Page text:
Mile Marker 10: Shatter

Mile Marker 10: Shatter

Tired of stodgy corporate games made by The Man and his minions? We’re playing the 31 best indie games for a change of pace – and so we can judge them. Today, Shatter.

In A Sentence

Reboots of classic games or classic genres don’t always work, but Shatter’s take on brick breaking doesn’t just give the genre a facelift, it adds enough new depth to turn the sort of game I used to hate into something I can’t put down.

State Of Completion

Shattered hit the Playstation Network last July.


At first glance, Shattered is a high-def, techno-soundtracked version of Arkanoid, the classic brick breaker that has since 1986 defined the genre.

But a few rounds in and the game blossoms. While the game includes some neat twists, like boss battles oddly shaped walls to break through and floating bricks, the biggest change comes in a new mechanic. Once you’ve played through a few levels the game allows you to pull or push both broken bricks and the ball away or toward you with a half-circle wave effect. Because the push and pull effects aren’t delivered in straight lines, you’ll spend some time perfecting your use of these new mechanics. Clever level design also make using the effects necessary at times to finish a level.

Answers We Demanded

Kotaku: What was the inspiration behind your game?

Mario Wynands, Managing Director, Sidhe: There were a couple of often referenced games during ideation and production including Geometry Wars and Pacman: Championship Edition. Pacman:CE was particularly inspiring in that there was such scepticism that Pacman could be modernised before it came out, but they were incredibly successful with the final result.

We wanted to see if we were up to that sort of challenge, so we looked at what the team played growing up that we still played today. Brick breaking games were a constant that offered that challenge.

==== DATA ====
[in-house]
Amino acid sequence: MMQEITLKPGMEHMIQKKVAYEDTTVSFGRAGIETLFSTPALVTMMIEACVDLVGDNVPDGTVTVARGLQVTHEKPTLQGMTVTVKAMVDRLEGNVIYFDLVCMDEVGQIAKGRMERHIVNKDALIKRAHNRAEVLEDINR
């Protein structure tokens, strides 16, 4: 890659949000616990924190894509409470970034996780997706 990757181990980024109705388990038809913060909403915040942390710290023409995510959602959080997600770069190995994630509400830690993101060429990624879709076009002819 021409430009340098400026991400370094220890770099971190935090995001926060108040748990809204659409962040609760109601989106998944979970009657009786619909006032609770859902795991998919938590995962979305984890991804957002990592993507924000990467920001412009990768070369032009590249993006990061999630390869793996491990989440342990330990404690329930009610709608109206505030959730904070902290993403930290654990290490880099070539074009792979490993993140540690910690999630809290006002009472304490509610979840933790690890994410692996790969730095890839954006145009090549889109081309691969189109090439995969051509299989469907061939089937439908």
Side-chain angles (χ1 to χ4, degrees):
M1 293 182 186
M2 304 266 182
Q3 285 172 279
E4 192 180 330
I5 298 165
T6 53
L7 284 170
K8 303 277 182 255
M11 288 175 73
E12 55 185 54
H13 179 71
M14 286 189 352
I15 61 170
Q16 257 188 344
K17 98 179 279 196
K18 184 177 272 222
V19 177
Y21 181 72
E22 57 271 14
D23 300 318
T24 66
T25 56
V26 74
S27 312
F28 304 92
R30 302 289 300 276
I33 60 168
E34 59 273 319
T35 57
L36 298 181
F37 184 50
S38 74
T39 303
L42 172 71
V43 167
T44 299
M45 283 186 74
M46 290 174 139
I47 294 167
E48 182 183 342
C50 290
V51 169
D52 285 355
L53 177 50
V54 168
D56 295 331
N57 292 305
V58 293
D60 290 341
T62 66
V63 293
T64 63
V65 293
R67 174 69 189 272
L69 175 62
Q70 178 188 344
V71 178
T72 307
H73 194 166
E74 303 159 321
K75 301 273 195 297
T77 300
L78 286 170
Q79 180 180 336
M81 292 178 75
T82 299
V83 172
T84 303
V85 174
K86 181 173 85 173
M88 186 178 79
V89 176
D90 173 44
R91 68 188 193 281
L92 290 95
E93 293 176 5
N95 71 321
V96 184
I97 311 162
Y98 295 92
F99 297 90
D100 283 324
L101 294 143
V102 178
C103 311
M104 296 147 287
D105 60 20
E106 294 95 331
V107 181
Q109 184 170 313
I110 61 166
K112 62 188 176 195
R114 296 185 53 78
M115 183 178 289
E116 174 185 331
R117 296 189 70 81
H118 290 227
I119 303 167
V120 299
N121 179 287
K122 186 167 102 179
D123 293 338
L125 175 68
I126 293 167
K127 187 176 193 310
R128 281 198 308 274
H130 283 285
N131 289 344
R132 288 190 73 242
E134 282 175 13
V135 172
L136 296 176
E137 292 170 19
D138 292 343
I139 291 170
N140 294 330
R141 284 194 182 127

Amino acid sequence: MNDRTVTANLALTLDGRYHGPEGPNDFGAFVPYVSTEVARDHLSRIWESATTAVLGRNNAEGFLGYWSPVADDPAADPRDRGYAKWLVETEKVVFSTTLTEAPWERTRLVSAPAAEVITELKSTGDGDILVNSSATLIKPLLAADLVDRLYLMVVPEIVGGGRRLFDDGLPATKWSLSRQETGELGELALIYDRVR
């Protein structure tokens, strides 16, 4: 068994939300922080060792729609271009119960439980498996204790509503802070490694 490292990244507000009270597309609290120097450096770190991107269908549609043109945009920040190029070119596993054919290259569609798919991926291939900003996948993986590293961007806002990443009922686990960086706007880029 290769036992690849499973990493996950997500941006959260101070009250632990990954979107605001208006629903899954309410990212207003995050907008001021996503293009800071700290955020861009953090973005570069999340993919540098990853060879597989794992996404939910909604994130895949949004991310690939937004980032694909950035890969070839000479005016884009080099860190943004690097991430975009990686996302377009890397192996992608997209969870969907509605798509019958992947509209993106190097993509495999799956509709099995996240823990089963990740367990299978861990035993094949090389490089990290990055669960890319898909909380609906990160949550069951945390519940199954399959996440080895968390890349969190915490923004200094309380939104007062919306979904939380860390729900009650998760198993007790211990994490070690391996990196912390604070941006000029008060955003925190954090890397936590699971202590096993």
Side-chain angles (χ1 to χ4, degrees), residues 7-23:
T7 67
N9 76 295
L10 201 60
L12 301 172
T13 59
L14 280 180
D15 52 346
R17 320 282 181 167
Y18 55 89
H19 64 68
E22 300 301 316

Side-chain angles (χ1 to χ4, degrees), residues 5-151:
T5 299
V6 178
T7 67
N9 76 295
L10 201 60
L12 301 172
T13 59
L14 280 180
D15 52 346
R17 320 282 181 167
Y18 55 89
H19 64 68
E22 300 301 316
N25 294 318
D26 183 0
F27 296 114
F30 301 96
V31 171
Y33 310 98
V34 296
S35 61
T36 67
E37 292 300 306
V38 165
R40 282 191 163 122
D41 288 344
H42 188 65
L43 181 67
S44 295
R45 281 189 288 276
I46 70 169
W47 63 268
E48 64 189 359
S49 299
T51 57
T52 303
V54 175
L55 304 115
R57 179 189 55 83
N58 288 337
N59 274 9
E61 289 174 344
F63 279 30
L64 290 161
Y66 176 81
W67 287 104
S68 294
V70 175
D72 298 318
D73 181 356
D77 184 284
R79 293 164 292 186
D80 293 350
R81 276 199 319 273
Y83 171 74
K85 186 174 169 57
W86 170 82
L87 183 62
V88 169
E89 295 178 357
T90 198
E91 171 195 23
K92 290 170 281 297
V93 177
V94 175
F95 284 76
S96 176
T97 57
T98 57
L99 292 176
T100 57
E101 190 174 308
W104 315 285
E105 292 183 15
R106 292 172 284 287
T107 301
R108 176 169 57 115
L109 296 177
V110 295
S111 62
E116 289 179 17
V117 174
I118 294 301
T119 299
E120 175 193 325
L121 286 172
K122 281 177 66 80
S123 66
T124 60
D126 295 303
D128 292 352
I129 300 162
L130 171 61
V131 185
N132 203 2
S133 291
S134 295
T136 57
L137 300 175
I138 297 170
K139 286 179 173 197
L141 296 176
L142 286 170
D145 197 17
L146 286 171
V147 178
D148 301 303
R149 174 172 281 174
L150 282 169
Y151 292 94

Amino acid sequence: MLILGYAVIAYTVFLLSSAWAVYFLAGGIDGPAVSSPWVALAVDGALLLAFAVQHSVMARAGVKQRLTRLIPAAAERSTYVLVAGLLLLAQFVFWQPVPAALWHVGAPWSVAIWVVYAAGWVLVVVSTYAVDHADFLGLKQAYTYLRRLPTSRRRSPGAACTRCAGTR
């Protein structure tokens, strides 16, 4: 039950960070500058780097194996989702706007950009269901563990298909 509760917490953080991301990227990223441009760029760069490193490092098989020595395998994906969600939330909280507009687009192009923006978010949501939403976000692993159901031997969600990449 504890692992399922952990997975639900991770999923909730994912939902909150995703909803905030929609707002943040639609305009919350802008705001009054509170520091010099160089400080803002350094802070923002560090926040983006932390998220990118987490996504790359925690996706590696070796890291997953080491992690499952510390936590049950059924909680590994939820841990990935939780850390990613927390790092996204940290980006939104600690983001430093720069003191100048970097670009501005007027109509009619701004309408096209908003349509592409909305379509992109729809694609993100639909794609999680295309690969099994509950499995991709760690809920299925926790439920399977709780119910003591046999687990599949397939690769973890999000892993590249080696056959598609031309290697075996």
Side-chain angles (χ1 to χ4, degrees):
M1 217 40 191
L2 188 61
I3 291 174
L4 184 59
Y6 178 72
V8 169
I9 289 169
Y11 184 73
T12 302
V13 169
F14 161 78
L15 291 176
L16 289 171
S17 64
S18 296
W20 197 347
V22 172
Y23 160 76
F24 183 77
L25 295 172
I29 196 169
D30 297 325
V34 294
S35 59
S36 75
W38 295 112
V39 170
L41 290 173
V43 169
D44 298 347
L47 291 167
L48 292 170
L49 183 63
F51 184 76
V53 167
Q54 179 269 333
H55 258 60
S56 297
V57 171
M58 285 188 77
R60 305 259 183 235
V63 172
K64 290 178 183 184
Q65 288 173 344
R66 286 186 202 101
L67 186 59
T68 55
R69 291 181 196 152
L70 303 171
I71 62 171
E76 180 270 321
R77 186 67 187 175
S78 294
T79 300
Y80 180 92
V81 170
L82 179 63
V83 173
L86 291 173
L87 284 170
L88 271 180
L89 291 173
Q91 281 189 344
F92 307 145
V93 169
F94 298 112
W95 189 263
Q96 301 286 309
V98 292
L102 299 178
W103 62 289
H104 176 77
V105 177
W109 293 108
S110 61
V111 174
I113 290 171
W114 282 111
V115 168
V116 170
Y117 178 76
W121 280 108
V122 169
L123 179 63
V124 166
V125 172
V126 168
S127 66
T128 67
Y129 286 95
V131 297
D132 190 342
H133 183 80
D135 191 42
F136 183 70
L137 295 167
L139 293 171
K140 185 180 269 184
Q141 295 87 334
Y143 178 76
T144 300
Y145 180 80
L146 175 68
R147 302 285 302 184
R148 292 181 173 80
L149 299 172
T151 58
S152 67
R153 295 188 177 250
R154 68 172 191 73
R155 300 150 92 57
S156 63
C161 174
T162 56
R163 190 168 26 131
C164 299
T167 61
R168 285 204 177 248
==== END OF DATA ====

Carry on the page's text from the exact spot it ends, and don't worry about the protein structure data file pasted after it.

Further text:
Kotaku: Name your favourite book, movie, album and game?

Wynands: Personally, that would be “The Tipping Point” by Malcolm Gladwell, “City of Lost Children” by director Jean-Pierre Jeunet, † by Justice, a three-way tie between Dungeon Master, ICO, and Rez.

The wider team has a very diverse range of interests and tastes, which makes for a rich working environment and the occasional spirited debate.

Kotaku: Why video games? There are plenty of ways for a person to express themselves creatively, why did you choose this way?

Wynands: A lot of the appeal of video game development is the relative infancy of the craft. Compared to other forms of art or entertainment, video games are the new kid on the block, meaning there is so much to discover, explore, and experiment with.

We have only just scratched the surface of what video games are capable of and the types of interactions and emotions we can provoke. It is exciting to be a part of that.

Make sure to check out the rest of the Independent Games Festival finalists as we head toward the March awards show.

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